Articles on how HR can take a more strategic approach towards relocation management.
HR professionals beware! Your field may be nearing its expiration date.
While some have predicted that software will streamline administrative HR practices to the point that the actual human element in the “human resources” department will be obsolete, others see this new technology as offering an opportunity for growth.
Switching relocation partners can be a daunting task. You have to meet a lot of folks, go through an extensive RFP process, sit in on presentations, travel to sites and then make your choice. Once that choice is made, you may feel a bit of relief. But, wait. Saying congratulations at this point might be premature. There are still many decisions to make, and processes to set in place, in for a smooth move. With the right partner and a solid transition team in place, however, you should be poised for success.
According to a 2012 report by Ernst and Young on M&A activity, mergers and acquisitions are expected to increase in 2013. I can believe it as many of my clients today are either in the middle of a merger or have gone through one recently. Certainly, mergers and acquisitions are an important tool in the corporate strategy tool belt as companies aim to capitalize on new innovations, reduce costs or enter new markets. But, mergers and acquisitions are tough. More than 50 percent of mergers and acquisitions fail and more than 80 percent fail to enhance shareholder value.
Manpower Group’s 7th annual Talent Shortage Survey through me for a loop. I’m surprised that even at a time when unemployment is at an all-time high, we still have a talent shortage in the U.S. Apparently, a talent shortage is different from unemployed. I am certainly not insinuating that the unemployed are not a talented group of people but, according to this survey, the U.S. ranks among the top five countries experiencing a talent drought.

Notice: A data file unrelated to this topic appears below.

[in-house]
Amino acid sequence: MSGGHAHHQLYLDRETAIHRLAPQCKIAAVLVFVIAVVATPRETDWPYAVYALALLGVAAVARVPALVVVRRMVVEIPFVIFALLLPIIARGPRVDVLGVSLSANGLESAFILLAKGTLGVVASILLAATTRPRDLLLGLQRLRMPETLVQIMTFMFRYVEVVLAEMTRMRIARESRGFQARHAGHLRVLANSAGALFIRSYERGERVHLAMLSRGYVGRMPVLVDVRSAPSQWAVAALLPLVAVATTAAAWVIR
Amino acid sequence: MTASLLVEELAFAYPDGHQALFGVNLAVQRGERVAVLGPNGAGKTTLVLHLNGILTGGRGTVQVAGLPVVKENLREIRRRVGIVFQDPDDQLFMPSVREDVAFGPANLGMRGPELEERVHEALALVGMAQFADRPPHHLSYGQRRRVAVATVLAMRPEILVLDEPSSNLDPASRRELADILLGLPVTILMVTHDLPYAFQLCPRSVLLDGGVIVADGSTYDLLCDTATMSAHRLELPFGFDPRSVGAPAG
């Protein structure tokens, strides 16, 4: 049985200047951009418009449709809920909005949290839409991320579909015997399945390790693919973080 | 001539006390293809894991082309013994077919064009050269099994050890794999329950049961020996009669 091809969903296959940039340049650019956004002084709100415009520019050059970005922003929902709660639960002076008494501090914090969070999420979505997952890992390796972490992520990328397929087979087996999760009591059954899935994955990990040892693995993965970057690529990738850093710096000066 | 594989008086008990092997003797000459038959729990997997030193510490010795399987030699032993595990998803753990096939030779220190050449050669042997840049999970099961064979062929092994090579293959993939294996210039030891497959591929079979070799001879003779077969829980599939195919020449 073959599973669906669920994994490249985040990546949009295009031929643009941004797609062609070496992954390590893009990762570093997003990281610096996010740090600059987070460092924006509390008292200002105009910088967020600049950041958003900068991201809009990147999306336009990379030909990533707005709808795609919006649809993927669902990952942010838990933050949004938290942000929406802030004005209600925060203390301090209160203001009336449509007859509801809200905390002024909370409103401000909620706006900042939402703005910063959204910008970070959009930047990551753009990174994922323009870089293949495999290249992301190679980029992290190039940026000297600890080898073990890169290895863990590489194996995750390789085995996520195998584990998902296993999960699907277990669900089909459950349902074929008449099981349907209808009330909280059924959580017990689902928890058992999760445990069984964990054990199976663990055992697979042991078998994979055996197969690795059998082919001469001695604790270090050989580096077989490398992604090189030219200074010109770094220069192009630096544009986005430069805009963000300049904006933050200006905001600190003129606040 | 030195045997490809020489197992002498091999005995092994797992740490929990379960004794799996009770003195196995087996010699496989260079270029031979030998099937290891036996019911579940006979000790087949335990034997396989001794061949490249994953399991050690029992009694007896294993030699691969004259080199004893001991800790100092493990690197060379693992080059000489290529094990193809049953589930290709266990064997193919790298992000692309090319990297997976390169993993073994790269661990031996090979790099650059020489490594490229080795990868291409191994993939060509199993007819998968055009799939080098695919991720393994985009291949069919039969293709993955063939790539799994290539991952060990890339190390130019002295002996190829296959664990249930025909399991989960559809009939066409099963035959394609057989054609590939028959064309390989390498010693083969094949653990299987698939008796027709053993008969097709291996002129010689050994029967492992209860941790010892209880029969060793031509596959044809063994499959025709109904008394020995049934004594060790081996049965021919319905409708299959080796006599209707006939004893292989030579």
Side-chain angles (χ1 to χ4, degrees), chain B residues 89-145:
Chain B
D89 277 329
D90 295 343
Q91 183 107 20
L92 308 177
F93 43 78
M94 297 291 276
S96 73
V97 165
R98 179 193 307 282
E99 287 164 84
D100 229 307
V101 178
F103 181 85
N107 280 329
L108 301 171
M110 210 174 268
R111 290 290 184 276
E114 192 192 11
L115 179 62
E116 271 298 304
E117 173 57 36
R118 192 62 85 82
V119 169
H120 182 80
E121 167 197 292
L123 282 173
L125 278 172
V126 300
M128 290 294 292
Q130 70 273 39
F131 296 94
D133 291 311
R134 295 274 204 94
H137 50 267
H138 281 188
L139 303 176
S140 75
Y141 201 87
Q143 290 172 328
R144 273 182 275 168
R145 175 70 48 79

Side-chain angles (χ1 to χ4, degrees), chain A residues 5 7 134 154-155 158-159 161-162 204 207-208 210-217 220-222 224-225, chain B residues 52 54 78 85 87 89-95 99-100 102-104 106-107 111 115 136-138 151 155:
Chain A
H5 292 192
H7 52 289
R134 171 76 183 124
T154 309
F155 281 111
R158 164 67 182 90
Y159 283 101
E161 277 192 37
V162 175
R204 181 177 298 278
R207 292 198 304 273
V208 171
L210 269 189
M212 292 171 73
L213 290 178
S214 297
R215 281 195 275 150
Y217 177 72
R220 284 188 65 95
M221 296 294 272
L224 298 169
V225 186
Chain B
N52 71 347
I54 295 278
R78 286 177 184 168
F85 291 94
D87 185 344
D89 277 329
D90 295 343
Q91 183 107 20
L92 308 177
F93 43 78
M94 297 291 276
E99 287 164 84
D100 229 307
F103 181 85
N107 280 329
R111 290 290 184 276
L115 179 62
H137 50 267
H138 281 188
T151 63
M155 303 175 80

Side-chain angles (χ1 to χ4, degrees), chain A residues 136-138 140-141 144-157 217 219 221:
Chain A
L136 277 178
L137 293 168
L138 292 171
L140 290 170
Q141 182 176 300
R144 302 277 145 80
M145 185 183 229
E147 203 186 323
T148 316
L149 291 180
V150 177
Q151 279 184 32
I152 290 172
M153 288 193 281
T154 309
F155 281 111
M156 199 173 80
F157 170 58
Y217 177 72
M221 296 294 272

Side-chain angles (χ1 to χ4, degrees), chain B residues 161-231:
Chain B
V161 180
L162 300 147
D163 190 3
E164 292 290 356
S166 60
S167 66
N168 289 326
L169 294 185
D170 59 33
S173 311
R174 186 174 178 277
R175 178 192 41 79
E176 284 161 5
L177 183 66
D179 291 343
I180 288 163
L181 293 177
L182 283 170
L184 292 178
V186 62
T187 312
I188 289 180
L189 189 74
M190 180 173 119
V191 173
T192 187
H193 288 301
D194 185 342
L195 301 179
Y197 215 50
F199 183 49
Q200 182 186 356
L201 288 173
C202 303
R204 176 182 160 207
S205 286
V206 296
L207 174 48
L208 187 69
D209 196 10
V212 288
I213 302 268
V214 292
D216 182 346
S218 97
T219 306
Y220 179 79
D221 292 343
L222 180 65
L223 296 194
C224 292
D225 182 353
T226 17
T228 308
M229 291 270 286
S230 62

Last week, while I was sitting on a plane traveling back from a series of prospect meetings, I pondered the ultimate sales question: what are companies really looking for when selecting service providers? For the most part, service providers provide similar services and get the job done in one way or another. Relocation services are pretty much that same as other services, although I will argue that relocation providers need to have an inherent sense of sensitivity and care. We aren’t making widgets here – we are guiding living, breathing families through a stressful life change.
Last week we released a free whitepaper on how to survive the transition between relocation providers. Of course, the first step for any successful transition is to set up a reliable team of professionals that will get the job done, soup to nuts. But, I would argue that every relocation manager should have an internal support team at the ready, regardless of the current state of the relocation program. This way, should any changes be needed, all of the functions impacted by relocation – from payroll to IT – will be available to provide insight and make informed decisions about the program.
Earlier this year, we wrote a whitepaper on the common reasons why companies decide to evaluate their relocation programs – and their relocation partners. We were seeing a flurry of proposal activity from a variety of different sectors, which led us to believe that the companies, previously steadfast on service partnership, were now looking for a better option. Given economic fluctuations, turmoil abroad, cost-cutting efforts and a need for greater service, this was understandable. What started as a due diligence exercise, has led many of these companies to draw anchor and change course.
There are some RFP trends out there that I find puzzling. Now, I’m not anti-RFP. We always put forth our best efforts for the RFPs that come in. I actually find it rewarding to have an opportunity to distinguish our approach to service delivery and cost containment. What puzzles me is how complicated, long and redundant they have become – even as companies are working harder now, more than ever, to be efficient with time and costs across the board. You would hope this would lead to a more concise RFP process, but the opposite has happened.
Why is this happening?
I think that anyone who works in the relocation industry has experienced their fair share of stress on the job. Whether you are an internal relocation manager or you work for a relocation services company, it’s the job to handle as many aspects of a transferee’s move as possible in a seamless, simple and stress free way. Not only does it take a ton of experience and know-how to do so, but relocating is naturally one of life’s most stressful events and relocation professionals often bear the brunt of tempers and anxiety. Consequently, relocation environments are hot beds for stress and HR needs to proactive about helping employees through it in a productive and thoughtful way.